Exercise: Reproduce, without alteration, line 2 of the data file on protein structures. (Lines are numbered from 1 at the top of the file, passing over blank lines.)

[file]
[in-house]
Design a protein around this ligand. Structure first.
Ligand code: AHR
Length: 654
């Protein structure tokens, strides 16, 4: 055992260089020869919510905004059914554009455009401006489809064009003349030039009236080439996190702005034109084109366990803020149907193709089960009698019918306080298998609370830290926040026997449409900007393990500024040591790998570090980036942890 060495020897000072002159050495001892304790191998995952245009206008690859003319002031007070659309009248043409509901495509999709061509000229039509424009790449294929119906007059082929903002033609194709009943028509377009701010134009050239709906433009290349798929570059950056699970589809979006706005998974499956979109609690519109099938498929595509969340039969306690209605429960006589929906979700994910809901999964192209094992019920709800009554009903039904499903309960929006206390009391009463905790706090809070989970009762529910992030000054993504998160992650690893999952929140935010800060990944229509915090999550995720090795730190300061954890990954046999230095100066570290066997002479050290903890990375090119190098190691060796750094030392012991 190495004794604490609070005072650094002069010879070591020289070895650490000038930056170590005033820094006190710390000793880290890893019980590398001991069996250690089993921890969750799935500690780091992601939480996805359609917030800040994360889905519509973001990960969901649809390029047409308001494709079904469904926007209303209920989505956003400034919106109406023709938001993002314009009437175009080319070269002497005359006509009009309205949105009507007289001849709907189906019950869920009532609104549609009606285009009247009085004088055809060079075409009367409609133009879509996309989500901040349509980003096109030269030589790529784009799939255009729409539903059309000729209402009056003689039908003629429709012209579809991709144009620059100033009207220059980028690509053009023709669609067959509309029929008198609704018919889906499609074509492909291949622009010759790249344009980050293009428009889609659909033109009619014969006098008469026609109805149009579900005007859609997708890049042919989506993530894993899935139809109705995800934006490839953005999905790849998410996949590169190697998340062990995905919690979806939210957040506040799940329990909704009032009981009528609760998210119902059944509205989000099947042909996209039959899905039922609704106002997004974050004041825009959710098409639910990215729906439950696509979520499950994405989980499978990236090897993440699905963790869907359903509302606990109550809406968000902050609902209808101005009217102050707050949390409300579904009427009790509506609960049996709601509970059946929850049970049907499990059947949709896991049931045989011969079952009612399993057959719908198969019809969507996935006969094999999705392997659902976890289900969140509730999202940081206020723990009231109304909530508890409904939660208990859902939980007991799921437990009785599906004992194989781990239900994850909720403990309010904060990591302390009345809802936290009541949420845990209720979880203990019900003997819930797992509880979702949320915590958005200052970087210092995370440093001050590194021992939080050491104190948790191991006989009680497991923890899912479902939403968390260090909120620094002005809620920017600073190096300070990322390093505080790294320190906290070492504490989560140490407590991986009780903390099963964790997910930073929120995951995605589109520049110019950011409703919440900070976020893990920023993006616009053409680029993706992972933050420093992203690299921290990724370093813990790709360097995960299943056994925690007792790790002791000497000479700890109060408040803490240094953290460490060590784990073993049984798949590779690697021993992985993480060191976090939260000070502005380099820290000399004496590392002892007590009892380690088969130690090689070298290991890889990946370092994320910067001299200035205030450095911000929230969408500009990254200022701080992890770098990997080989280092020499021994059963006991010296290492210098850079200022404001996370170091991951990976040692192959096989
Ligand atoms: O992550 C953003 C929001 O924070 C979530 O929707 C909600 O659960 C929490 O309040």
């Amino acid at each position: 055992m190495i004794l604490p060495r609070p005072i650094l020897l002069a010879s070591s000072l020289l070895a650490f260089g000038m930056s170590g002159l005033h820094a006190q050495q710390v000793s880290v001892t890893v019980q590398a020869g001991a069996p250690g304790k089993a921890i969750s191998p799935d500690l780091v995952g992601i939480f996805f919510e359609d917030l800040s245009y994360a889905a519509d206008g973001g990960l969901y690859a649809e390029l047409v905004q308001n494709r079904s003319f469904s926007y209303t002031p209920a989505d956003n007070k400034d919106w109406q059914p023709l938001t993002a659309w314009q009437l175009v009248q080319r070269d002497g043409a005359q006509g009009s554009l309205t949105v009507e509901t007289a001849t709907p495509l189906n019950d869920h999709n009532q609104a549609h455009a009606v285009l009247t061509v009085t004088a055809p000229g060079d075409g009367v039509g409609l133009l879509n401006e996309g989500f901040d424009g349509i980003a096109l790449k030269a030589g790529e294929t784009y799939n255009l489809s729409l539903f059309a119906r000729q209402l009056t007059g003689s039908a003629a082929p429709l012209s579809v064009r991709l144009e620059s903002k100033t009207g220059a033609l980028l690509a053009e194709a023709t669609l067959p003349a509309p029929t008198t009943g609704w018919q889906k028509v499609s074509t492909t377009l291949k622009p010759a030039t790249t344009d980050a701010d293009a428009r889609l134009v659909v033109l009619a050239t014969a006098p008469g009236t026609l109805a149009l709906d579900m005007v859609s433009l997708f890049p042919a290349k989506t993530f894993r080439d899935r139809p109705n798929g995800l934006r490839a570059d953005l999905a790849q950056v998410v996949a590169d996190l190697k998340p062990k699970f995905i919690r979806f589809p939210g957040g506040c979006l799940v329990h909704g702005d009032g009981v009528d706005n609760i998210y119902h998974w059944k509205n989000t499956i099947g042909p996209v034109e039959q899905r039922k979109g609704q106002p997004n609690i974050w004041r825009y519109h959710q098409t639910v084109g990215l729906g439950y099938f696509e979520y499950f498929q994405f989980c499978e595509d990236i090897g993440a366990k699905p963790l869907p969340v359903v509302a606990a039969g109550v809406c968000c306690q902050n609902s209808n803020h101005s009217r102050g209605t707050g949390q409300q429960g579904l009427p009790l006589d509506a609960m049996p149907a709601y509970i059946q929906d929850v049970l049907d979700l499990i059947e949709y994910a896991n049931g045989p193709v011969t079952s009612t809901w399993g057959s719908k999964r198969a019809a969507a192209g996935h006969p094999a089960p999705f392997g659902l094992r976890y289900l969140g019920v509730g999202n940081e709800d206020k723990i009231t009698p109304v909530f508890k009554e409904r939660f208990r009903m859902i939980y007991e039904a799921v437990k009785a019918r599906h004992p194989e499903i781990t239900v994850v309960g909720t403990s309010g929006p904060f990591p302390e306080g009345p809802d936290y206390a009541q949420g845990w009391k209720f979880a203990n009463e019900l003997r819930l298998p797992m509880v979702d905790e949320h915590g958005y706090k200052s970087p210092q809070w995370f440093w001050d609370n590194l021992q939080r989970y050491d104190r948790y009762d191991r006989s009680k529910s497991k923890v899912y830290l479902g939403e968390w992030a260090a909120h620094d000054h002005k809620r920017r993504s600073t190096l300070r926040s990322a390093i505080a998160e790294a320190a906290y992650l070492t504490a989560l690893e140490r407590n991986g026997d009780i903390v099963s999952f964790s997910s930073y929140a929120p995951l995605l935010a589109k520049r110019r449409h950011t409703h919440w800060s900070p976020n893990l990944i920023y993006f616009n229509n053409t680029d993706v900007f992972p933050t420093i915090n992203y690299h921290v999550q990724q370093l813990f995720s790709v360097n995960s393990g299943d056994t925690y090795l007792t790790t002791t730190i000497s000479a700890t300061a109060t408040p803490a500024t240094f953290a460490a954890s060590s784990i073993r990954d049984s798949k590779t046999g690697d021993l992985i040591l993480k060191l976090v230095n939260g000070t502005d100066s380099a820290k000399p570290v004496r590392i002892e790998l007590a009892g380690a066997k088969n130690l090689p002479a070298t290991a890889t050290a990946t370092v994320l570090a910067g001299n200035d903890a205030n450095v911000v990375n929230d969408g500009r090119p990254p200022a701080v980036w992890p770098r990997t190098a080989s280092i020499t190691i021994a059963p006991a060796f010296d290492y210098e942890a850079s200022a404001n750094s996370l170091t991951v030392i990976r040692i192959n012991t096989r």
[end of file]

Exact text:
Design a protein around this ligand. Structure first.